“Charley, in war you can’t say no. If they want 12,500,000 rounds a day, we’ll have to give it to them somehow.”
— Chrysler President K.T. Keller to Chrysler Vice President Charles L. Jacobson
In mid-December 1941, as a war industry Office of Production Management meeting in Washington, D.C., was concluding, an OPM official asked Chrysler president K.T. Keller if the company had an available factory with a lot of water. After thinking for a moment, Keller replied, “We have a Plymouth assembly plant at Evansville, Ind., on the Ohio River.” The OPM man escorted Keller to the office of then-Lt. Col. Guy H. Drewry of Army Ordnance. Drewry told Keller the army needed three to five billion .45 caliber cartridges. He asked Keller if Chrysler could make them at Evansville.
Without pausing, Keller said, “Yes.”
The startled Drewry asked, “Do you always make up your mind this fast?”
“Not always, Colonel,” Keller replied. “But we have been hearing more and more about billions in recent years. I still can’t imagine what a billion is like, so I’d like to make billions of something and find out.”
Like the other automobile manufacturers, Chrysler had for the past three years devoted a small percentage of its production fulfilling for the military what were known as “educational orders” – small production runs of various military items, the purpose of which was to work out production problems in the boardroom and on the shop floor in advance of America entering the war. With the country now a belligerent, this pre-war exercise between industry and the military, not always harmonious, was being put to the test.
Within a week of Keller’s meeting in Washington, Chrysler vice president Charles L. Jacobson, tasked with organizing and running the new operation, got an Army Ordnance team to inspect and approve the Evansville plant and a letter of intent for the making of 5,000,000 .45 caliber cartridges a day.
One week later, Army Ordnance phoned Jacobson and increased the order to 7,500,000 rounds a day.
Within twenty-four hours Army Ordnance again called and gave Jacobson another change order – increasing production to 10,000,000 rounds a day. Before the month ended, that number had jumped yet again to 12,500,000 rounds. Jacobson had doubts such an order could be fulfilled, but with Keller telling him to make it happen, Jacobson worked out a co-production agreement with Sunbeam, who had a plant near Evansville. On Feb. 18, 1942, Washington’s Birthday, the formal contract with the government was signed. The transformation of the Evansville plant from assembly line to arsenal began the next day.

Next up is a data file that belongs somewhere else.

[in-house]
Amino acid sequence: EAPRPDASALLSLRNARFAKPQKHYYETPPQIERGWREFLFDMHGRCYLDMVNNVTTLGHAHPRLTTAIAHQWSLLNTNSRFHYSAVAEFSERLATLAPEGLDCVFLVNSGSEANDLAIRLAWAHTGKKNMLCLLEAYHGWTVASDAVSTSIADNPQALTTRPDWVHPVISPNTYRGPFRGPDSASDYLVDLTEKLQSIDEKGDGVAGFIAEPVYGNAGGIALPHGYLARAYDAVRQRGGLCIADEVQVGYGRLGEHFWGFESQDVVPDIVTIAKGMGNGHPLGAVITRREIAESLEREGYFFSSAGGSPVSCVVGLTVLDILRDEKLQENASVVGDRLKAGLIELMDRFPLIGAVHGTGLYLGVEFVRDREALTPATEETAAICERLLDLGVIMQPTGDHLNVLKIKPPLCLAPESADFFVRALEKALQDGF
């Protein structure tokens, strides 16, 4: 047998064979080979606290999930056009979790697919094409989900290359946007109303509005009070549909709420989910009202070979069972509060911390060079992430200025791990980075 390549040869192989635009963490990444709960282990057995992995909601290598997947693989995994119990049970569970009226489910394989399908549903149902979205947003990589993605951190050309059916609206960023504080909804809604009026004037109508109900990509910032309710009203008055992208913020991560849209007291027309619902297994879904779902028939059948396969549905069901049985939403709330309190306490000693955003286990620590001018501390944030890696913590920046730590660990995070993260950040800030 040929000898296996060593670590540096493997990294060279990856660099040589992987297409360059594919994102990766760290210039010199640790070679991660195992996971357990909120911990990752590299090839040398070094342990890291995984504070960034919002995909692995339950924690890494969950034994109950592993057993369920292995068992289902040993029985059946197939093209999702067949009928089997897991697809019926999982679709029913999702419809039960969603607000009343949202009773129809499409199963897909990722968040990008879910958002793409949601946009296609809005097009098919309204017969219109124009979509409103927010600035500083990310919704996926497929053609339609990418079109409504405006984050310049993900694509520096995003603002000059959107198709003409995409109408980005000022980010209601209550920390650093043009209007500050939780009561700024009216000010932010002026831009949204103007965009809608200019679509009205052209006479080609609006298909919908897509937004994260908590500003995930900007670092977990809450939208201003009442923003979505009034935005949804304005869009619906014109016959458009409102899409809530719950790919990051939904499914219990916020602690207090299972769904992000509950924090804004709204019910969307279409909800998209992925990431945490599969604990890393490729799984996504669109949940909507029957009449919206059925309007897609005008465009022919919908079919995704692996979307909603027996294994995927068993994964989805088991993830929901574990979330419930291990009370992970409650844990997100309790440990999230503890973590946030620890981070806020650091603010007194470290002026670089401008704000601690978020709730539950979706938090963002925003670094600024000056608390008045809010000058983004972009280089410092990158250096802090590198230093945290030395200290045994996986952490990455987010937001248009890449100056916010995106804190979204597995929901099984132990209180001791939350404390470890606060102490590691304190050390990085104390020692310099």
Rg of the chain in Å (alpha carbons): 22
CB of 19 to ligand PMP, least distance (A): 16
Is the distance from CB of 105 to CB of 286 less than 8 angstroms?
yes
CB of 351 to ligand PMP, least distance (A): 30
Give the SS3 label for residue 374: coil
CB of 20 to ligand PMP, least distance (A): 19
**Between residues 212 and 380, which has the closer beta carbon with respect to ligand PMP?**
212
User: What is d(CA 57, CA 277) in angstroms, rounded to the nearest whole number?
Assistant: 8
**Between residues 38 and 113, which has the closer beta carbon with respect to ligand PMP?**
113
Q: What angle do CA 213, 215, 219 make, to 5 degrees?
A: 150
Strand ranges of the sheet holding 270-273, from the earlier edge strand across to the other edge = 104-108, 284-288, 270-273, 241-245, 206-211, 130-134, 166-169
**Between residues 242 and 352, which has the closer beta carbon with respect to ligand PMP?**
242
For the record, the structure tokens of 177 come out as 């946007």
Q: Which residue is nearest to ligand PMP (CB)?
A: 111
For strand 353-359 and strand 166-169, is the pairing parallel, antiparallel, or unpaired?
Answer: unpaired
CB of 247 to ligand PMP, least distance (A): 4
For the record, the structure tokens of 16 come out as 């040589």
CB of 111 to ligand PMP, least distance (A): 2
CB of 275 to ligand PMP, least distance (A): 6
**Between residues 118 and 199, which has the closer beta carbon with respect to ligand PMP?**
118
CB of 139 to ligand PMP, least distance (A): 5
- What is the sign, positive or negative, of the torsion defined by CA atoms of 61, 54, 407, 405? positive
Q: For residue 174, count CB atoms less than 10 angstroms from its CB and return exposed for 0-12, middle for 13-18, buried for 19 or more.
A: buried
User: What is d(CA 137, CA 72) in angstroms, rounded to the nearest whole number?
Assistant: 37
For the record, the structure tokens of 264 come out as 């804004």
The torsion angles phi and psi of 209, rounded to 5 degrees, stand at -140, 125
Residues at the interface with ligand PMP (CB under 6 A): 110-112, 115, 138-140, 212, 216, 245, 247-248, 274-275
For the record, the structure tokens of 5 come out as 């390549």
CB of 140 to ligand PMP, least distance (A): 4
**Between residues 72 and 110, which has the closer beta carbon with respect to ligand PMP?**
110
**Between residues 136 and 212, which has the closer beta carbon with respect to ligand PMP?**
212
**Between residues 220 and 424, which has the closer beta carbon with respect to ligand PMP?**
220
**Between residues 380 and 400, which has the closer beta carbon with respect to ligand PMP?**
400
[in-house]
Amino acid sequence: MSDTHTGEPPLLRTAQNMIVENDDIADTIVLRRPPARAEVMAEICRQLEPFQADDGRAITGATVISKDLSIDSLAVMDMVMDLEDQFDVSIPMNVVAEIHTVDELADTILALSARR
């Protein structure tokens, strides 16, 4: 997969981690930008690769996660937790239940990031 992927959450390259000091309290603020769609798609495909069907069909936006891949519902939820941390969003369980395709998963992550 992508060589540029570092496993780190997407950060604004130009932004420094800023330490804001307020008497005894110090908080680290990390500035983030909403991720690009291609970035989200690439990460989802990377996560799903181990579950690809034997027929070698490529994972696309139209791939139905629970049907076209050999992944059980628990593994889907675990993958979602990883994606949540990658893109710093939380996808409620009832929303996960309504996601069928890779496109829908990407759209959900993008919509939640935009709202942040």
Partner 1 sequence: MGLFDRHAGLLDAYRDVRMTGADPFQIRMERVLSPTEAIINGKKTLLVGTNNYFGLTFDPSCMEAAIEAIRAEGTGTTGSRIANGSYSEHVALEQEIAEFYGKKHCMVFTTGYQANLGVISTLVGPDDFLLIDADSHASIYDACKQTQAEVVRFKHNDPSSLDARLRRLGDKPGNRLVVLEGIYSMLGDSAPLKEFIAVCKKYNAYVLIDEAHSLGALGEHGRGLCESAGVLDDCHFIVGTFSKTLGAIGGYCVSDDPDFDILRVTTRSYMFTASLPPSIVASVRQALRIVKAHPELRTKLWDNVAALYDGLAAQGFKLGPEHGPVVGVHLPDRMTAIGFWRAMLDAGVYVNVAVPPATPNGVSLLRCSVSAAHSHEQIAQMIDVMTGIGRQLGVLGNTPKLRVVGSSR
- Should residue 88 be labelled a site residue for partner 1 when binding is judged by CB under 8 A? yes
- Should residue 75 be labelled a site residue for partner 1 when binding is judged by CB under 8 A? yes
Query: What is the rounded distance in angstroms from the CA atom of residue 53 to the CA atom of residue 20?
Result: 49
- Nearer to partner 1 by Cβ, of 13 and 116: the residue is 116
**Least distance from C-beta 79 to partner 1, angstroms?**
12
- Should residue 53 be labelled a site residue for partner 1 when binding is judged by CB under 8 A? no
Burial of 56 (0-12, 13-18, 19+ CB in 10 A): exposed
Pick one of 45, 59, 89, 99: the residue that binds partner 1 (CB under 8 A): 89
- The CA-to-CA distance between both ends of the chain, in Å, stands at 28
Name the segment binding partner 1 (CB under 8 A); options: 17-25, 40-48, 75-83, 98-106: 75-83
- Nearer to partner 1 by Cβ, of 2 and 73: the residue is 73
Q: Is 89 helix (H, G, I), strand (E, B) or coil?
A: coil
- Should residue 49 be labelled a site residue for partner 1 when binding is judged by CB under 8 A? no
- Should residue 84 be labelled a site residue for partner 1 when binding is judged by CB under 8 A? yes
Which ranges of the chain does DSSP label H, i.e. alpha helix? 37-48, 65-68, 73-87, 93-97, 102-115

Cartridges made at the Evansville arsenal had seven parts, passed through 48 processing operations, and had to survive 334 quality control inspections. On June 30, 1942, the first bullets produced there were test fired. From June 1942 to April 20, 1944 when the contract ended, Chrysler’s Evansville arsenal produced 96 percent of the military’s .45 caliber cartridges: 3,264,281,914 rounds. Rejection rate of cartridges was less then .1 percent of production.
It also produced almost a half-billion .30 caliber cartridges, hundreds of thousands of specialty rounds, reconditioned 1,662 Sherman tanks, rebuilt 4,000 Army trucks, delivered 800,000 tank grousers (track extensions for use in mud), and was preparing to make 7 million fire bombs when the war ended.
Because there was a shortage of rolling mills, rather than copper, most of the cartridges out of Evansville were made out of steel, not brass. New technology and equipment had to be developed to make sure steel cartridges were as reliable as brass ones.
In the early summer of 1943, the Evansville arsenal won the coveted Army-Navy “E” – Excellence – Pennant. In presenting it to the workers, Lt. Col. Miles Chatfield of the Army’s Ordnance Department said, “Ninety days after you broke ground, you proof-fired the first ammunition made at this plant. When the Chief of Ordnance asked you to switch from brass to steel you did the seemingly impossible and then when you were asked to convert some of your machines to .30 caliber carbine ammunition, you made the first cup within a week and two weeks later you proof-fired the first round of that ammunition. This all adds up to a remarkable accomplishment performed by those inexperienced in the ways of making ammunition, but with a willingness and devotion to patriotic duty second to none.”